Do National Park Crowds Breed Advocates—or Build Annoyance?

Candice Gaukel Andrews February 10, 2015 15

Wild and remote Denali National Park has only one road, which culminates in North America’s tallest peak. ©Candice Gaukel Andrews

A trip to Denali National Park is a journey into wild America at its best. This six-million-acre landscape is bisected by only one, 92-mile ribbon of road. Travel along it, and you’ll see low-elevation, taiga forest morph into high, alpine tundra. It all culminates in North America’s tallest peak: the 20,310-foot Denali. Wildlife—such as black bears, grizzly bears, caribou, Dall’s sheep, wolverines and wolves—roam freely here, much as they have for millennia.

In the summer months, visitors to Denali National Park may drive their cars on the first 15 miles of the Denali Park Road. The rest of the road is limited to tour buses (which provide visitors with a narrated program and box lunch or snack), shuttle buses (which you may disembark and reboard anywhere along the road—providing there is room and you can flag them down), bikers and hikers. Most of the annual 530,000 visitors [2013 statistic] to the park choose a bus tour.

About 100 buses per day travel Denali’s one roadway. But the increasing number of tourists is causing the National Park Service to consider some changes in the schedules. Soon, tour bus stops may be strictly limited to 10 minutes each. Some park visitors fear that sticking to such a timetable will negatively affect the park experience. What would happen if a grizzly bear or a wolf were sighted at the nine-and-a-half-minute mark at one of your stops? Should your bus, then, have to quickly reload and move on within 30 seconds; or should you be allowed to linger for a few minutes more?

Forced to take the bus

Unlike Denali National Park, Zion National Park has many developed trails. ©Candice Gaukel Andrews

In May 2000, Zion National Park instituted a mandatory shuttle system in the main canyon to relieve crowding and congestion and to protect natural resources. The free Zion Canyon shuttle stops at nine locations in the park; and during the busy season, the buses run from early morning to late evening, as often as every seven minutes.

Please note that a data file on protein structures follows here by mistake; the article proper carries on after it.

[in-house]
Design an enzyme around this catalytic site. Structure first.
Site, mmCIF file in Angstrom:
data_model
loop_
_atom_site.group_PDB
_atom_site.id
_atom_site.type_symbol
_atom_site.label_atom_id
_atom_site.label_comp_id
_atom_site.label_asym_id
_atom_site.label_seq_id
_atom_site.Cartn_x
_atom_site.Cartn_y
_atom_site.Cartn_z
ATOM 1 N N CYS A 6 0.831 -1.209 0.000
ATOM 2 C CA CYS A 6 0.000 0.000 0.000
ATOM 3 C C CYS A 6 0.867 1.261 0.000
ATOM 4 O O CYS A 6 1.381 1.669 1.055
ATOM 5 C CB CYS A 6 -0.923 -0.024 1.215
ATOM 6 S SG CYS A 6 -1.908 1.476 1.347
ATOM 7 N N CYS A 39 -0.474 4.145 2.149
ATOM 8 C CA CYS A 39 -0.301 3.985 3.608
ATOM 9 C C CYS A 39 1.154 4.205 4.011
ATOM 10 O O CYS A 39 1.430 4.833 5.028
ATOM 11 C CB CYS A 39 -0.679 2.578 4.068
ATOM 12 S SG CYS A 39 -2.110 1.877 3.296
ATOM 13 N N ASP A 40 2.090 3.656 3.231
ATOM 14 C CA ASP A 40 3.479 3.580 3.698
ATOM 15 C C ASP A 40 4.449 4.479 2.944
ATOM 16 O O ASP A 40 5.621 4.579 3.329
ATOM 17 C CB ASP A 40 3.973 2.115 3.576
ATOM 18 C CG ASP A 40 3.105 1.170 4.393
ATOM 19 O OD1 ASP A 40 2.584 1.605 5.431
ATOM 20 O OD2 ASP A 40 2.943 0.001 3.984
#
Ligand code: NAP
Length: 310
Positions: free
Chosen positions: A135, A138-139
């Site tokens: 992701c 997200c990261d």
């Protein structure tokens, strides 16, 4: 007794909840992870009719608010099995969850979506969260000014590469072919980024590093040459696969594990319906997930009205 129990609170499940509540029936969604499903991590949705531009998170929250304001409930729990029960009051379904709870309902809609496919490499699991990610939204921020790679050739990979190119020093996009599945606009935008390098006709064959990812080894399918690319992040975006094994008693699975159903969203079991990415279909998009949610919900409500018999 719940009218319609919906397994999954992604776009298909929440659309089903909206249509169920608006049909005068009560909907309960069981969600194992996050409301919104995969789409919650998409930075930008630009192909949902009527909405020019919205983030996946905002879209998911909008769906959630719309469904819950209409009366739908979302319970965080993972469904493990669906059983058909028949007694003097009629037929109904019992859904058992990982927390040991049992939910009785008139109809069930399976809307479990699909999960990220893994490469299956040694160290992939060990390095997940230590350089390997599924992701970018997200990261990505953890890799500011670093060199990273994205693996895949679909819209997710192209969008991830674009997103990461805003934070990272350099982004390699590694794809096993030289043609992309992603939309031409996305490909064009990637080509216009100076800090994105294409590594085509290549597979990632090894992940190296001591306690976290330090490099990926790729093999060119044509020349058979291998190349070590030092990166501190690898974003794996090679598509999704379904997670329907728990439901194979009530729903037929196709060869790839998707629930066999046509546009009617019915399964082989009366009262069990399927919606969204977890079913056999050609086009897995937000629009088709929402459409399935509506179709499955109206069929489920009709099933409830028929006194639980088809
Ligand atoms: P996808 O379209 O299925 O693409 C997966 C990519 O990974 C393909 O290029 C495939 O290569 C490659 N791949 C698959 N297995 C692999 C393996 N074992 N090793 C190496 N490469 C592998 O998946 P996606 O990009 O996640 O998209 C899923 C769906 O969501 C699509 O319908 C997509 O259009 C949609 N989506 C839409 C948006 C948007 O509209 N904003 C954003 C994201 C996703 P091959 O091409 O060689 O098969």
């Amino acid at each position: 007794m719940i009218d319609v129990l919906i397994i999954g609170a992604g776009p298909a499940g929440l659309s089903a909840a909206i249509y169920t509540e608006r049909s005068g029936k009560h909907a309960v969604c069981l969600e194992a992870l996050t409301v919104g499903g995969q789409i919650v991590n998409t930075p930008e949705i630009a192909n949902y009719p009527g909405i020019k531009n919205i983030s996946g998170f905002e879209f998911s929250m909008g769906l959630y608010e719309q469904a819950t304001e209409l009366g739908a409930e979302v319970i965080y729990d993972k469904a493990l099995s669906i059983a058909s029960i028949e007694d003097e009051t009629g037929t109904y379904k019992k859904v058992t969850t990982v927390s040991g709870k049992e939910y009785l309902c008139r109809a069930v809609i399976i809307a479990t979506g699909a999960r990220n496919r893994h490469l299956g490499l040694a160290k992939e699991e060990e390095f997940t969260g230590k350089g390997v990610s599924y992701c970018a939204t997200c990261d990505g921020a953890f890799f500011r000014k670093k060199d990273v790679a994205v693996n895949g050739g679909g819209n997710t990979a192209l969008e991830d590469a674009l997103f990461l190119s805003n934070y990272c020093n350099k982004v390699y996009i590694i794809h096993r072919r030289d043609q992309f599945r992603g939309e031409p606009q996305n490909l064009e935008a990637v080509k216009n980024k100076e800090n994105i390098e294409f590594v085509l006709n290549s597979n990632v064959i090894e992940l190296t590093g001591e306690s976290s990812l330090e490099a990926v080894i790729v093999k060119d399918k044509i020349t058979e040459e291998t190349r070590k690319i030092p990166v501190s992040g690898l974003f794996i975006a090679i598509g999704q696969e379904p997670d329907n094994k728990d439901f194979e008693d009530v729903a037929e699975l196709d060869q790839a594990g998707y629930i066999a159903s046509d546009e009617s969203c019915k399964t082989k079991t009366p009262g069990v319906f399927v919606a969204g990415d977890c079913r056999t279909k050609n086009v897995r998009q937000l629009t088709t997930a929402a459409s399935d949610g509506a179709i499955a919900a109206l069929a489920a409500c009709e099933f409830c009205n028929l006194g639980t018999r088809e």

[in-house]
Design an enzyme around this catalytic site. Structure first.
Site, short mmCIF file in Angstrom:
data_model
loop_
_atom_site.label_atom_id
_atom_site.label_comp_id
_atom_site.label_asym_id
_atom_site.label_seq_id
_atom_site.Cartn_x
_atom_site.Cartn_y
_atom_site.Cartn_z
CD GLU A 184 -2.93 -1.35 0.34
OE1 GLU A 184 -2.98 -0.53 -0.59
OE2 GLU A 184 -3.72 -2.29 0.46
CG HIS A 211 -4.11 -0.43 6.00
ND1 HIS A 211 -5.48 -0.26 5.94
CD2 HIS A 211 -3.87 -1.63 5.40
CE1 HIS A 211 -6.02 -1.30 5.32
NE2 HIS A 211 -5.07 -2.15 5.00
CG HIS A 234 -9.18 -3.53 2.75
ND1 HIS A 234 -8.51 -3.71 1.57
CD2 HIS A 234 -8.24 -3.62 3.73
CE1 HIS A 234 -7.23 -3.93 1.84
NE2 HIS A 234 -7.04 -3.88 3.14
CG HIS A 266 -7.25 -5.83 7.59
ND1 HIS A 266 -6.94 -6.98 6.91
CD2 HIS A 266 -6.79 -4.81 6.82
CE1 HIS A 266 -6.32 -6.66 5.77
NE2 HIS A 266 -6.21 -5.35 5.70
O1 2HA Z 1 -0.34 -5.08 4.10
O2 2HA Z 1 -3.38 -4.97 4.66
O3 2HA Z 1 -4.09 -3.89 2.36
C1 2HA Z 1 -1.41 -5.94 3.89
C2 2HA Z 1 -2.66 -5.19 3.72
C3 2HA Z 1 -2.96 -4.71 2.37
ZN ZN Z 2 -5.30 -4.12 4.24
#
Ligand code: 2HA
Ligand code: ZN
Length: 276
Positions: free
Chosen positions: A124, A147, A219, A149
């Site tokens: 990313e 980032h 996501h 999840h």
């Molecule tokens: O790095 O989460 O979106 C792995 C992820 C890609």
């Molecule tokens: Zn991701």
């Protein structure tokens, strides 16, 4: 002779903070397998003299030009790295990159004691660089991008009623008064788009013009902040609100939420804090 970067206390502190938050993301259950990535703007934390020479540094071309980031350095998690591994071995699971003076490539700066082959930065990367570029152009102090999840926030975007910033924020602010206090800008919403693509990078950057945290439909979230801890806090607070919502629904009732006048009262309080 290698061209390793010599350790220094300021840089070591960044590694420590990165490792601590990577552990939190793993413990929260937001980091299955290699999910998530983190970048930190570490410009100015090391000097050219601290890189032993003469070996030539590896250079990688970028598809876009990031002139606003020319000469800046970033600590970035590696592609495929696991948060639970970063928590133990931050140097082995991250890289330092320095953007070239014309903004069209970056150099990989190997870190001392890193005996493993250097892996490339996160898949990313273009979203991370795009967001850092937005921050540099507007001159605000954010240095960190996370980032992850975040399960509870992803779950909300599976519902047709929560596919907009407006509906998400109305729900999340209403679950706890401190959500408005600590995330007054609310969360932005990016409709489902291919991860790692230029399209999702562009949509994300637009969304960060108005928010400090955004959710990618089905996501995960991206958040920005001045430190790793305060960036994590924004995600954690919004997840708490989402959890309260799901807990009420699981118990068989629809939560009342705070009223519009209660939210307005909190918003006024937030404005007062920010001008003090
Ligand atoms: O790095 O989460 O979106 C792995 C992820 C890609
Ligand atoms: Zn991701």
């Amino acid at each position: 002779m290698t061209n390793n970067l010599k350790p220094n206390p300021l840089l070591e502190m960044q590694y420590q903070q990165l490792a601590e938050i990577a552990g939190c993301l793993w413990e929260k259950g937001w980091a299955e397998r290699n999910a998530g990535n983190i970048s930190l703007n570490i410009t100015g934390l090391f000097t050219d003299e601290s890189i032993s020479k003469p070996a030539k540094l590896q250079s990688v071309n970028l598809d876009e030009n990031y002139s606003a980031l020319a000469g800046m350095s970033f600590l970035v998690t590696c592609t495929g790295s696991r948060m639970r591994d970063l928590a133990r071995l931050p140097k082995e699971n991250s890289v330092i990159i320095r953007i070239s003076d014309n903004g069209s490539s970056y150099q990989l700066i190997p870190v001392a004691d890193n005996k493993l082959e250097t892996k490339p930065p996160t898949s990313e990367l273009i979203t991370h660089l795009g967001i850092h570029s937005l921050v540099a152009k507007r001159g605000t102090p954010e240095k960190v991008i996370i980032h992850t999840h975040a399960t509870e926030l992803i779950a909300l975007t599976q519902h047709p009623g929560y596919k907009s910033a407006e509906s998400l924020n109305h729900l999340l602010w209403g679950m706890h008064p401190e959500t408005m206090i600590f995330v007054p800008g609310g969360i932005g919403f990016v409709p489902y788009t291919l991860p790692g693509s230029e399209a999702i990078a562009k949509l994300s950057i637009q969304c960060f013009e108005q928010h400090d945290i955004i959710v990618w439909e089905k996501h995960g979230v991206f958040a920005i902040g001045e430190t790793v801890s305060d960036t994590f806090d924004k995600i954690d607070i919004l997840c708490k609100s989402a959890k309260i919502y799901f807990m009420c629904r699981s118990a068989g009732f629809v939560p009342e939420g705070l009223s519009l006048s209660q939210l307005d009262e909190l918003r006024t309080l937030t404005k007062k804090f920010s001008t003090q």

However, Zion is a very different park than Denali. The shuttle is not the main way that tourists get around in the park; it merely transports you to a variety of developed trails and from one, very walkable area in the park to another. Other than the one road, most of Denali National Park is wilderness backcountry. Using the shuttle there rather than the tour bus requires some serious outdoor skills and planning.

Last summer, in the Alaska Dispatch News, lifelong state resident John Schandelmeier wrote about his recent Denali National Park bus tour. After a gap of about a dozen years between tours, he found that the activity had dramatically changed. While wildlife-viewing opportunities—especially for grizzlies and caribou—remained excellent, he noted that “a couple of times our bus screeched to a halt to look at what was thought to be an animal. Nope, it was just another crowd coming off a mountain.”

If a grizzly is spotted, should a tour bus be forced to move on? ©Candice Gaukel Andrews

With more and more visitors coming to see one of the last, nearly pristine places in the United States, if buses are required to keep stops within a strict number of minutes, such interruptions could impact the chances for seeing Denali’s wildlife even more.

Crowds = caretakers

Ken Burns, filmmaker and director/producer of the PBS series The National Parks: America’s Best Idea, has said that he is happy to see the crowds at national parks and put up with all that they entail. “Traffic jams are an important part of democracy,” he has stated. “If there were no traffic jams, the national parks would have no constituency. And then the next time somebody wants to dam a river or cut down a stand of trees or mine a canyon, there’s not going to be people advocating against it and saying no. Once you lose a place, it’s lost forever. Once you save a place, it is—like freedom, like liberty—a constant vigilance to maintain.”

But the question is: how should we balance encouraging more park visitors with upholding the quality of the national park experience?

Here’s to finding your true places and natural habitats,

Candy

15 Comments »

  1. Jean Bjerke March 4, 2015 at 4:11 pm - Reply

    This will be an increasing issue as population grows and more and more people want to access the parks. Surprisingly I was actually quite impressed with how the shuttle bus system handled this issue based on a visit last September. Stops were brief but sufficient to observe wildlife, and they were a several minutes longer if interesting wildlife was sighted. Denali is a particularly difficult question since there is only one road, and apart from winning the 4-day road lottery there is no other way into the park but to walk, fly, or take a shuttle bus (or ski or dogsled in winter). Buses cannot safely pass each other on most of the road. It would not really be practical there for stops to go too long, or, with a hundred shuttle buses driving the single road daily, there would be huge bus jams and the schedule people depend on would be seriously disrupted.